Forgotten Opera Singers

Forgotten Opera Singers

Aug 24, 2020

Maria Ivogün (Soprano) (Budapest, Hungary 18 November 1891 – Beatenberg, Switzerland 3 October 1987)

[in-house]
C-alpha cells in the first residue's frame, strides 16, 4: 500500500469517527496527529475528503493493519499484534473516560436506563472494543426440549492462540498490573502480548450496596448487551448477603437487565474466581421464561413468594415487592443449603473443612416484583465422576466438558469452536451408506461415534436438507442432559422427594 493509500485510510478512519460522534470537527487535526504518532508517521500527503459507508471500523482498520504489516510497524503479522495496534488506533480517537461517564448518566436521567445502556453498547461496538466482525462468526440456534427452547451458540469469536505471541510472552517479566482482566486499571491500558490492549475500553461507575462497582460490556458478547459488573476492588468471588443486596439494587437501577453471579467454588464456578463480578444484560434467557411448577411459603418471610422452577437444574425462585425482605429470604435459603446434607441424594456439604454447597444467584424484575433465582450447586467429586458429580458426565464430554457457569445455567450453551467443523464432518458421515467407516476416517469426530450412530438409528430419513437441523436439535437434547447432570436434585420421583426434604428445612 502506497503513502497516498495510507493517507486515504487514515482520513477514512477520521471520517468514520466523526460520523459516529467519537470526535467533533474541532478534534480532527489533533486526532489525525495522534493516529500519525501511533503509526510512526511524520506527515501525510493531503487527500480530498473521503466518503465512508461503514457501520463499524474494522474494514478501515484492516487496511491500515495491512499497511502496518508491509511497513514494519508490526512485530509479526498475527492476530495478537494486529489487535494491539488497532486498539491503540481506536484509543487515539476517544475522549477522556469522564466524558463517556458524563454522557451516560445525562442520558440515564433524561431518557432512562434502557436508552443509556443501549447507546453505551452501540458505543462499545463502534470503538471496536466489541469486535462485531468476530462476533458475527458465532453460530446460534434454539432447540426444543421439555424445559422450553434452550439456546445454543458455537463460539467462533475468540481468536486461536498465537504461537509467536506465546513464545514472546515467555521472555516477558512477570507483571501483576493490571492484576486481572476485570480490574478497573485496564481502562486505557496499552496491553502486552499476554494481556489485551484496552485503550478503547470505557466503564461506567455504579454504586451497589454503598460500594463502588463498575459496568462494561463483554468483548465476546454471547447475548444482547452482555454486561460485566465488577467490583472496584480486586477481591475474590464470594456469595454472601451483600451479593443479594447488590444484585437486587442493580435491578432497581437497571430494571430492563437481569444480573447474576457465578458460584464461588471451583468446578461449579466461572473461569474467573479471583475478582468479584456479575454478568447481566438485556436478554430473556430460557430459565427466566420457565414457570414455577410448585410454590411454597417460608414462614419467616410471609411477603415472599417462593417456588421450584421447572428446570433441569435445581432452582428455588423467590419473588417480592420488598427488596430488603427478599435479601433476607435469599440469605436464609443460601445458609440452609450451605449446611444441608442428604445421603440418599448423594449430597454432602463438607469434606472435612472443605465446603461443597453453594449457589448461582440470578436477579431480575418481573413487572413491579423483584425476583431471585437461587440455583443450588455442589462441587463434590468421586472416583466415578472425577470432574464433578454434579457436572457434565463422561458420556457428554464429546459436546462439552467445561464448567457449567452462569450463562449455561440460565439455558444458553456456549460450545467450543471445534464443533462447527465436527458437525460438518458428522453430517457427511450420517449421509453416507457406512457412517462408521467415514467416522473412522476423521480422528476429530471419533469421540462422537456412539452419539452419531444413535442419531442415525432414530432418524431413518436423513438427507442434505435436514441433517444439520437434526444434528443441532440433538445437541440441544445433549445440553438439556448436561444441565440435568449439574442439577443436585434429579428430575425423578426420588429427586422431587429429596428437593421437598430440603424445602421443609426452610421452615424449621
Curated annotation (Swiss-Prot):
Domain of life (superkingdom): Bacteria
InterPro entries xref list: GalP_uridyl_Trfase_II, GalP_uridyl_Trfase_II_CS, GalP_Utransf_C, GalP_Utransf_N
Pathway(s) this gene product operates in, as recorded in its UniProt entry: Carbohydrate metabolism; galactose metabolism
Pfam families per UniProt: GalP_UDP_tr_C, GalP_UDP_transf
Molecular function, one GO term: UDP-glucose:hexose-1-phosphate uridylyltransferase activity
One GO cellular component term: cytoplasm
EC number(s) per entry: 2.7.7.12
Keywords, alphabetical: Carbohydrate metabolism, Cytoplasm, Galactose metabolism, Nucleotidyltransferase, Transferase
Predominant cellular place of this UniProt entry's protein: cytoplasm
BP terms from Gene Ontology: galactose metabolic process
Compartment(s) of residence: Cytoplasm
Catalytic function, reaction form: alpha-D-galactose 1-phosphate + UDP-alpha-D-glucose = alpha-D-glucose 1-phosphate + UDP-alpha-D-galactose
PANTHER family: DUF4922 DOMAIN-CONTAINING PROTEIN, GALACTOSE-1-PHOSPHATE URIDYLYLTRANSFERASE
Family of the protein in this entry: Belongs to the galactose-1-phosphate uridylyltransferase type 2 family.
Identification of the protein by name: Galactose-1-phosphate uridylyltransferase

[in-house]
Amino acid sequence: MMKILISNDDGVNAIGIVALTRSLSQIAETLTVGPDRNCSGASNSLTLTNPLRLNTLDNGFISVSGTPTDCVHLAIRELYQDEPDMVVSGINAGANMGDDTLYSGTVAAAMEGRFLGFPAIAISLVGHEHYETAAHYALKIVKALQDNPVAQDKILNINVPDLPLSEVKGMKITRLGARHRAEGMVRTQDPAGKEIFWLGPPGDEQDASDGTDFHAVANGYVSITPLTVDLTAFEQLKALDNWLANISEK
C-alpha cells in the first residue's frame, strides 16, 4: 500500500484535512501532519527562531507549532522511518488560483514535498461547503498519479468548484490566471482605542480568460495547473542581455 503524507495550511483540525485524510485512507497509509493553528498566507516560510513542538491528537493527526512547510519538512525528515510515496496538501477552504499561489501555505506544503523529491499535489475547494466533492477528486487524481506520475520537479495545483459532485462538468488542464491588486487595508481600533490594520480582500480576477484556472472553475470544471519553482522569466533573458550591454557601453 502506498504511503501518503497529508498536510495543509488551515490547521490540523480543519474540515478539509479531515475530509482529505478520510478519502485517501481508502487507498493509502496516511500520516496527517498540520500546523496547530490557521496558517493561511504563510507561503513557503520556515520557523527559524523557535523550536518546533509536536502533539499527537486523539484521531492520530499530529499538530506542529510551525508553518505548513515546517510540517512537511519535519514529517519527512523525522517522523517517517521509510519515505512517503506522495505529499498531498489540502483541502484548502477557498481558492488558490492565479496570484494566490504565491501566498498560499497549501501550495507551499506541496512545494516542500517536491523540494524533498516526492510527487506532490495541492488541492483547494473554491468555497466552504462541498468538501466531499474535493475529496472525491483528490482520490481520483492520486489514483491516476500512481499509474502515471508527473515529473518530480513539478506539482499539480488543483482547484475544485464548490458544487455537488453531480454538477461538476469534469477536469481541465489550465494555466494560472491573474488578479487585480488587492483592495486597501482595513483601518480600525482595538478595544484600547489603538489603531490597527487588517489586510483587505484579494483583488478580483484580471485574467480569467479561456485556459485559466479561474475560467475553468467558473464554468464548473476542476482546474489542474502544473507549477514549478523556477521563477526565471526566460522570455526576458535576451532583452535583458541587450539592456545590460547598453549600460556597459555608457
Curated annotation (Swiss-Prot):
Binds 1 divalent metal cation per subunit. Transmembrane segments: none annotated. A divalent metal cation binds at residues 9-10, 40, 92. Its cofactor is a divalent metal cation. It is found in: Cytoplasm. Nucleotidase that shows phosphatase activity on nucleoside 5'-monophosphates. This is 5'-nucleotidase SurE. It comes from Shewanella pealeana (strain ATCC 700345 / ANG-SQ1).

Her real name Maria Kempner was shortened to "Ivogün" after the maiden name of her mother, the operetta singer I (da) vo (n) Gün (ther); her father, Pál Kempner, was an Austro-Hungarian officer; she was not related to the soprano Mizzi Günther, who created Lehár's "Lustige Witwe". She was trained by Irene Schlemmer-Ambros in Vienna. Bruno Walter recognized her outstanding talent and engaged her for his new workplace at the Court Opera in Munich. She gave her debut in Munich in the role of Mimi in Puccini's "La bohème". From 1913 to 1925 she worked as a highly valued prima donna at the Court Opera in Munich; Here she sang the part of Ighino in the world premiere of Hans Pfitzner's "Palestrina" on June 12th, 1917, and in 1918 the title role in "Das Christelflein" by the same composer in a new version of the opera. In Munich she continued to work in the world premieres of the operas "Der Ring des Polykrates" by Korngold (March 28, 1916) and "Die Vögel" (December 4, 1920) by Walter Braunfels. In 1916 and 1919 she made guest appearances at the Berlin Court Opera and the Berlin State Opera, in 1917 at the Dresden Court Opera, in the 1916-1919 at the City Theater of Zurich, in 1919 and 1932 at the City Theater of Basel. From 1921 to 1932 she was married to the tenor Karl Erb (1877-1958), and from 1933 to the pianist and song accompanist Michael Raucheisen (1889-1984). Since 1925 she has belonged to the ensemble of the Berliner Städtische Oper. She made guest appearances at the Covent Garden Opera in London (1924 as Zerbinetta in "Ariadne auf Naxos", one of her great creations, and as Gilda in "Rigoletto", in 1927 as Konstanze in "Entführung aus dem Serail") at La Scala in Milan, brilliant successes at the Vienna State Opera and at the Berlin State Opera. In 1922 she undertook a very successful concert tour through the USA, in 1923 she toured North America as a guest artist with the German Opera Company; she was heard in New York as Frau Fluth in Nicolai's "Lustige Weibern von Windsor". From 1922 to 1923 she sang at the Chicago Opera and made guest appearances with their ensemble in 1926 at the Metropolitan Opera in New York as Rosina in "Barbiere di Siviglia". (However, she did not become a member of this House). At the Salzburg Festival in 1925 and 1930 she was seen as Norina in "Don Pasquale" as well as at recitals and concerts. As a concert singer she also appeared in Budapest (1926, 1933), Paris (1931), Amsterdam (1932, 1933), Oslo (1922), Copenhagen (1932) and in Spain. She was famous as an operetta singer and as an interpreter of coloratura waltzes and canzons. When she made her debut, she had decided to sing for twenty years and not a day longer, which she then did. So she gave up her career in 1932, but sang Zerbinetta again in Berlin in 1934. In 1948 she received a professorship at the Vienna Music Academy, and in 1950 at the Berlin Music Academy. Her students included the famous sopranos Elisabeth Schwarzkopf, Rita Streich, Renate Holm, Michi Tanaka and Alexandra Trianti. She spent her twilight years in Beatenberg, where she died very old.

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